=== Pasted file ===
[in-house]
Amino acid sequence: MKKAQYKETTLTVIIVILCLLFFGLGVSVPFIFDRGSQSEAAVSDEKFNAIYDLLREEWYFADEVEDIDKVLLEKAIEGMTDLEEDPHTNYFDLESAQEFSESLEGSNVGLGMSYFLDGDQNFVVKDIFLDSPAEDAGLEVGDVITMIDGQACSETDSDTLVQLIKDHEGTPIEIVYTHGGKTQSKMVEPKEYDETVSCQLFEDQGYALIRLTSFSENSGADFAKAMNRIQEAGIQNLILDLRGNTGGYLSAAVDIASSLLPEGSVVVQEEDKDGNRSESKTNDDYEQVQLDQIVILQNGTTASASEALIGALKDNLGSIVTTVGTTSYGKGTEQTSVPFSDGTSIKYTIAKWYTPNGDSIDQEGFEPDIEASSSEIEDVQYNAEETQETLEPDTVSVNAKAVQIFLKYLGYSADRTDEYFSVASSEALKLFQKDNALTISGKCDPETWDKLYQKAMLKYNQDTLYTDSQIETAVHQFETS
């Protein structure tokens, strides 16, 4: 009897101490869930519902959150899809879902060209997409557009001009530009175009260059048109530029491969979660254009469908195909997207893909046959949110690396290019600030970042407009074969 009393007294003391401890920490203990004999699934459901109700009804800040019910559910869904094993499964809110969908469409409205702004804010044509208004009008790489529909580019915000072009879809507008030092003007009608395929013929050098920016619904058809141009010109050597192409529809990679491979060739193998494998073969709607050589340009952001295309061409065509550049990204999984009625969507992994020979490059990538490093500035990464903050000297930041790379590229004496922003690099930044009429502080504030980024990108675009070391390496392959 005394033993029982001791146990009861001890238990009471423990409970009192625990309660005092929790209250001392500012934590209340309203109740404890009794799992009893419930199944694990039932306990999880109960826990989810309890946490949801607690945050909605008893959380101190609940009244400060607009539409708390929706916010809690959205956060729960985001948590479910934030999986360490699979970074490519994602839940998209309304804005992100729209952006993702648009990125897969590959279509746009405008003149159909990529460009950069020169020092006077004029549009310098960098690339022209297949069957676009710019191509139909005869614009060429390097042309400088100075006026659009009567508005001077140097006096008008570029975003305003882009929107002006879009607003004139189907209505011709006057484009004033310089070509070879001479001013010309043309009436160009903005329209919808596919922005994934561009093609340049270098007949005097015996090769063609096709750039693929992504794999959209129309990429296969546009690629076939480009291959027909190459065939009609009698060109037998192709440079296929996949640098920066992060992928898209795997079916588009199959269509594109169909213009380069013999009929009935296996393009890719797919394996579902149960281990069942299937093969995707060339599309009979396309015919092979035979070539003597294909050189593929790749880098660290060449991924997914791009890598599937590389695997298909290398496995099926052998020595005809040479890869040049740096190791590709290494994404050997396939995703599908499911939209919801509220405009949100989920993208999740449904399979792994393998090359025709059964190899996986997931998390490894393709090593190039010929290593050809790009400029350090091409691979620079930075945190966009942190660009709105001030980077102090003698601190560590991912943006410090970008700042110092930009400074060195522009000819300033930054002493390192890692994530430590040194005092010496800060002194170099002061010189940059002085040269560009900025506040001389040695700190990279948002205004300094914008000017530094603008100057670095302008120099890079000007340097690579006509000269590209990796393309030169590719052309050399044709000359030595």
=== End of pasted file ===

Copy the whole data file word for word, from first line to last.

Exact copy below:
[in-house]
Amino acid sequence: MKKAQYKETTLTVIIVILCLLFFGLGVSVPFIFDRGSQSEAAVSDEKFNAIYDLLREEWYFADEVEDIDKVLLEKAIEGMTDLEEDPHTNYFDLESAQEFSESLEGSNVGLGMSYFLDGDQNFVVKDIFLDSPAEDAGLEVGDVITMIDGQACSETDSDTLVQLIKDHEGTPIEIVYTHGGKTQSKMVEPKEYDETVSCQLFEDQGYALIRLTSFSENSGADFAKAMNRIQEAGIQNLILDLRGNTGGYLSAAVDIASSLLPEGSVVVQEEDKDGNRSESKTNDDYEQVQLDQIVILQNGTTASASEALIGALKDNLGSIVTTVGTTSYGKGTEQTSVPFSDGTSIKYTIAKWYTPNGDSIDQEGFEPDIEASSSEIEDVQYNAEETQETLEPDTVSVNAKAVQIFLKYLGYSADRTDEYFSVASSEALKLFQKDNALTISGKCDPETWDKLYQKAMLKYNQDTLYTDSQIETAVHQFETS
């Protein structure tokens, strides 16, 4: 009897101490869930519902959150899809879902060209997409557009001009530009175009260059048109530029491969979660254009469908195909997207893909046959949110690396290019600030970042407009074969 009393007294003391401890920490203990004999699934459901109700009804800040019910559910869904094993499964809110969908469409409205702004804010044509208004009008790489529909580019915000072009879809507008030092003007009608395929013929050098920016619904058809141009010109050597192409529809990679491979060739193998494998073969709607050589340009952001295309061409065509550049990204999984009625969507992994020979490059990538490093500035990464903050000297930041790379590229004496922003690099930044009429502080504030980024990108675009070391390496392959 005394033993029982001791146990009861001890238990009471423990409970009192625990309660005092929790209250001392500012934590209340309203109740404890009794799992009893419930199944694990039932306990999880109960826990989810309890946490949801607690945050909605008893959380101190609940009244400060607009539409708390929706916010809690959205956060729960985001948590479910934030999986360490699979970074490519994602839940998209309304804005992100729209952006993702648009990125897969590959279509746009405008003149159909990529460009950069020169020092006077004029549009310098960098690339022209297949069957676009710019191509139909005869614009060429390097042309400088100075006026659009009567508005001077140097006096008008570029975003305003882009929107002006879009607003004139189907209505011709006057484009004033310089070509070879001479001013010309043309009436160009903005329209919808596919922005994934561009093609340049270098007949005097015996090769063609096709750039693929992504794999959209129309990429296969546009690629076939480009291959027909190459065939009609009698060109037998192709440079296929996949640098920066992060992928898209795997079916588009199959269509594109169909213009380069013999009929009935296996393009890719797919394996579902149960281990069942299937093969995707060339599309009979396309015919092979035979070539003597294909050189593929790749880098660290060449991924997914791009890598599937590389695997298909290398496995099926052998020595005809040479890869040049740096190791590709290494994404050997396939995703599908499911939209919801509220405009949100989920993208999740449904399979792994393998090359025709059964190899996986997931998390490894393709090593190039010929290593050809790009400029350090091409691979620079930075945190966009942190660009709105001030980077102090003698601190560590991912943006410090970008700042110092930009400074060195522009000819300033930054002493390192890692994530430590040194005092010496800060002194170099002061010189940059002085040269560009900025506040001389040695700190990279948002205004300094914008000017530094603008100057670095302008120099890079000007340097690579006509000269590209990796393309030169590719052309050399044709000359030595």